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Albany weighs in on Presidential election: 2016

November 3, 2015

by Journalism I

By Evelyn Andrade, Annese Bleichert, Tanner Coon, Jaime Durant, Shaurice Francis, Iyonnie Jones, Aaron Krein, Adrianna Lombardi, Kyle Pratt, Alexa Reyes and Elizabeth Valentin

Education, employment, immigration and human rights are on the minds of many citizens who expect to vote in the presidential election a year from now. While voters are mostly focused on the trajectory of local elections, in 2016  they will have a chance to weigh in on the candidates vying for the job of President.

The economy, foreign police and immigration are high on the list of one student’s priorities for the upcoming presidential election. Ryan Senecal, 20, of Amsterdam is studying political science and  watches Fox and CNN but sometimes turns to ABC and CBS as well. He also reads USA Today for news on the election. Senecal, a registered voter, supports Republican candidate Marco Rubio because of his views on foreign policy. “He was the only one to predict what would happen in Syria, and he’s the only person talking about the “21st century economy,” Senecal said. He also appreciates that Rubio is from a middle class family and that he’s in touch with modern times.

Sebastian Sorge, 19, wants a president who will address deportation and “mainstream feminism.” Sorge supports LGBT rights and wants a supporter of equal rights to lead the country.  She follows all of the presidential candidates on Twitter and receives both e-mail as well as text updates from Bernie Sanders. She also occasionally sees news both on television and the Internet.  Sorge supports Democratic candidate Bernie Sanders since he’s the “least misogynistic” and “significantly less problematic” than Hilary Clinton and all of the Republican candidates. Sorge said that voting is a basic right and she is disappointed that many “millennials are disillusioned” with the idea of voting.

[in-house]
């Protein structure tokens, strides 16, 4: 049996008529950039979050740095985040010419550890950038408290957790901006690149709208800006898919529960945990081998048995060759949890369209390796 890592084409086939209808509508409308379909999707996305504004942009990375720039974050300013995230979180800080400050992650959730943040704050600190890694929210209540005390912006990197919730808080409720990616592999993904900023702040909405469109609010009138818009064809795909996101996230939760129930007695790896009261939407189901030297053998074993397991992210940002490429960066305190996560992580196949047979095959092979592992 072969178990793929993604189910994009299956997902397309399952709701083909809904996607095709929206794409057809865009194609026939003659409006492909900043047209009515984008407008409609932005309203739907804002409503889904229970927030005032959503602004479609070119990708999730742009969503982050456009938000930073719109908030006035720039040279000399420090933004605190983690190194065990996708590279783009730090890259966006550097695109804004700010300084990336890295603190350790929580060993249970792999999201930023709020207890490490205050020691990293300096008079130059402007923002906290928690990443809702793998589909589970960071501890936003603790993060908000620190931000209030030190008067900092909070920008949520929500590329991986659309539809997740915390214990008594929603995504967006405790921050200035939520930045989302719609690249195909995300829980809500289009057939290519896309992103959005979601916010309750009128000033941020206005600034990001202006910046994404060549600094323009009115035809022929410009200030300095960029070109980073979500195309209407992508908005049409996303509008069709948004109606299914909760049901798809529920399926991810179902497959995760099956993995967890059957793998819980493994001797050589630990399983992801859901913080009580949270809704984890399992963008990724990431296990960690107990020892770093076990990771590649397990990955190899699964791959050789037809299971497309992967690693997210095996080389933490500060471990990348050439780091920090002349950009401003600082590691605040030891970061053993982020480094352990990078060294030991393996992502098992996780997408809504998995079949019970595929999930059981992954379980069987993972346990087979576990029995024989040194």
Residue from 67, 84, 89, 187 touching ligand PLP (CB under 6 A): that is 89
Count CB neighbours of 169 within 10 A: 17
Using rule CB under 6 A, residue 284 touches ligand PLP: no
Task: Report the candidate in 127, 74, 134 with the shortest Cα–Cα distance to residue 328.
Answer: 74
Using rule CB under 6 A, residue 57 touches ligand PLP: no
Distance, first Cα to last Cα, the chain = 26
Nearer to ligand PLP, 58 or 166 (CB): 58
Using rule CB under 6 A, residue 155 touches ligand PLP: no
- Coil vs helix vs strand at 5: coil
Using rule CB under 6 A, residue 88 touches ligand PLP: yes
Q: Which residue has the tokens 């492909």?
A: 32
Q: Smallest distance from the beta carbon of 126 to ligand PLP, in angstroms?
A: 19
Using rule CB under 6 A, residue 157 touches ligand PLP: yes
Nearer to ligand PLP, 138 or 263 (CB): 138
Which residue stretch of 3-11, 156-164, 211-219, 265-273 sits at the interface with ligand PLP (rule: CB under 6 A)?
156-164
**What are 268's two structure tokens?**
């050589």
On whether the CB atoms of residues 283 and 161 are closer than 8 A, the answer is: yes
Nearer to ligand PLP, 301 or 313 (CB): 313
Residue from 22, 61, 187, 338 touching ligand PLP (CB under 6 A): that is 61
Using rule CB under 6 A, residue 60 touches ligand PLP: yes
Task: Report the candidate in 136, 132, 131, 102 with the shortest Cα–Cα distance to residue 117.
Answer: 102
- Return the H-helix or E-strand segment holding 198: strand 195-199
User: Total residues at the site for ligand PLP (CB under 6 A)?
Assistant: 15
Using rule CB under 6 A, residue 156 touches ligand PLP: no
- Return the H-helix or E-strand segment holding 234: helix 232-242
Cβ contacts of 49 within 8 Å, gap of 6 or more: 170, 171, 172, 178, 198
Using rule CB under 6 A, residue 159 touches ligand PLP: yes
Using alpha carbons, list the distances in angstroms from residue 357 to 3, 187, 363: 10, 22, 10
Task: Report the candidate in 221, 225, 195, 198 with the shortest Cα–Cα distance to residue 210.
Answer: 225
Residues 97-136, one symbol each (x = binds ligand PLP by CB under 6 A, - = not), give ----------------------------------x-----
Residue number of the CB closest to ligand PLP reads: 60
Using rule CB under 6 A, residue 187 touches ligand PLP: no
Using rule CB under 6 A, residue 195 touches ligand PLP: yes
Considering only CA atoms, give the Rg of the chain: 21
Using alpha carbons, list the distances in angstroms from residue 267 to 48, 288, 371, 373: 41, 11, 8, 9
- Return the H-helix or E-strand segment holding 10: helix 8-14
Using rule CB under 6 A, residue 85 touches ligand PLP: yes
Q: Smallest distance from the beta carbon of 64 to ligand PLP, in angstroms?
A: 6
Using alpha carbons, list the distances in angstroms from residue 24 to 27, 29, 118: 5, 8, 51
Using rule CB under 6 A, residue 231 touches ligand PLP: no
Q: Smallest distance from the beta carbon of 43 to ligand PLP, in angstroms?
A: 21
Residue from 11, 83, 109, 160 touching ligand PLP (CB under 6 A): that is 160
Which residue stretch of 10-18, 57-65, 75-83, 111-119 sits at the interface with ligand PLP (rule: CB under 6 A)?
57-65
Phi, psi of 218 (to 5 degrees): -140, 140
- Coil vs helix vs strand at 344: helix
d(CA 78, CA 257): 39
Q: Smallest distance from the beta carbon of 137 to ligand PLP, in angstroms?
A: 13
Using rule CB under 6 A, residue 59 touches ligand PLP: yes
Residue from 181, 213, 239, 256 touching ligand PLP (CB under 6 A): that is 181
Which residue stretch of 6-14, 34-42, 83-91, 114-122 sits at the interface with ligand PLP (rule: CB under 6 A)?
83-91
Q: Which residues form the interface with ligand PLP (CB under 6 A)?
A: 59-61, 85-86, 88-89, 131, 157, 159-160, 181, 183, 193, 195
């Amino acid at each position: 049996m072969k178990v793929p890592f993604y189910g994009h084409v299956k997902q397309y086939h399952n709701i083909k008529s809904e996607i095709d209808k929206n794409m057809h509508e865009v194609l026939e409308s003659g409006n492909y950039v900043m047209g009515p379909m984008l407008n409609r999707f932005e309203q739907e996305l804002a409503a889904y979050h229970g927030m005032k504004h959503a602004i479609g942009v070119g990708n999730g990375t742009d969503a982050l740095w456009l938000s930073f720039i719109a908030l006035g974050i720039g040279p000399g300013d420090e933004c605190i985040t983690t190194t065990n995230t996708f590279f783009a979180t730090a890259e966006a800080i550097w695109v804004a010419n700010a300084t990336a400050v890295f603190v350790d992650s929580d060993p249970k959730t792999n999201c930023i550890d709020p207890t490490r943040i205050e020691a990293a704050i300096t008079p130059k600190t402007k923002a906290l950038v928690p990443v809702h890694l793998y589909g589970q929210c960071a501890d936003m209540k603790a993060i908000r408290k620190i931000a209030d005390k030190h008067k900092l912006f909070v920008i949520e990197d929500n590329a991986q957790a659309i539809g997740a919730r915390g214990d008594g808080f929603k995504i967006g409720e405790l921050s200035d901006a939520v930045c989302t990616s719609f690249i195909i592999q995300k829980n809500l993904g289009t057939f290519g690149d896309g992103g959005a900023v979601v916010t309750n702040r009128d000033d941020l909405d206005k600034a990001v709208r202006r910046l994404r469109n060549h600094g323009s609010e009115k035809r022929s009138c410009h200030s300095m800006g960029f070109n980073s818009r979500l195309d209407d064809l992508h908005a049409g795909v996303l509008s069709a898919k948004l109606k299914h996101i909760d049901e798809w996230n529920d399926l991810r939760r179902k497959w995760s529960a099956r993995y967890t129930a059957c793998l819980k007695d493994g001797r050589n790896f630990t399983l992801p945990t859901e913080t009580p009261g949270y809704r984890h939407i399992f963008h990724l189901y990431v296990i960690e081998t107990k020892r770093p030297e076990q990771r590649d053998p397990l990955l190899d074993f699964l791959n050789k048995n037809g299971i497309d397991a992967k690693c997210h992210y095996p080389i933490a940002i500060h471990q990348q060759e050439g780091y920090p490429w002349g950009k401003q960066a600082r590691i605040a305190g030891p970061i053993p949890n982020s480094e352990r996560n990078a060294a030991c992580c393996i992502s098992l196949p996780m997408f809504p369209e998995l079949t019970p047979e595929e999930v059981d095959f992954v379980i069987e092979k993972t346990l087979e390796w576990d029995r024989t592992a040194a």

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Ryan Senecal discussed his thoughts on the 2016 Presidential Election

While some voters prefer not to share their voting plan, they are still paying attention. Take 18-year-old Elizabeth Liu, her interest is primarily education reform.“I feel there’s ways we can change our education system but I’m not sure how just yet since I’m only 18-years-old,” said  Liu, a Saint Rose freshman and music education major.  She follows ABC News, Twitter, and discusses the election with her parents and other adults in her life.  Liu has a candidate in mind but wants to research all of the contenders before making her decision and disclosing it to others. “I’m not one of those people that because there’s a few things I agree on, I’ll vote for them. I want to be an educated voter,” said Liu said, who still needs to register.

The cost of education is also a primary subject of concern for parents like Charles Sitler of the Bronx who has a child in college. Sitler reads blogs and news sites to learn about the candidates and he looks for contradictory messaging. He is concerned about taxes and his eventual retirement. Sitler wants the “war economy” to end, and for the next President to focus on getting jobs for returning soldiers.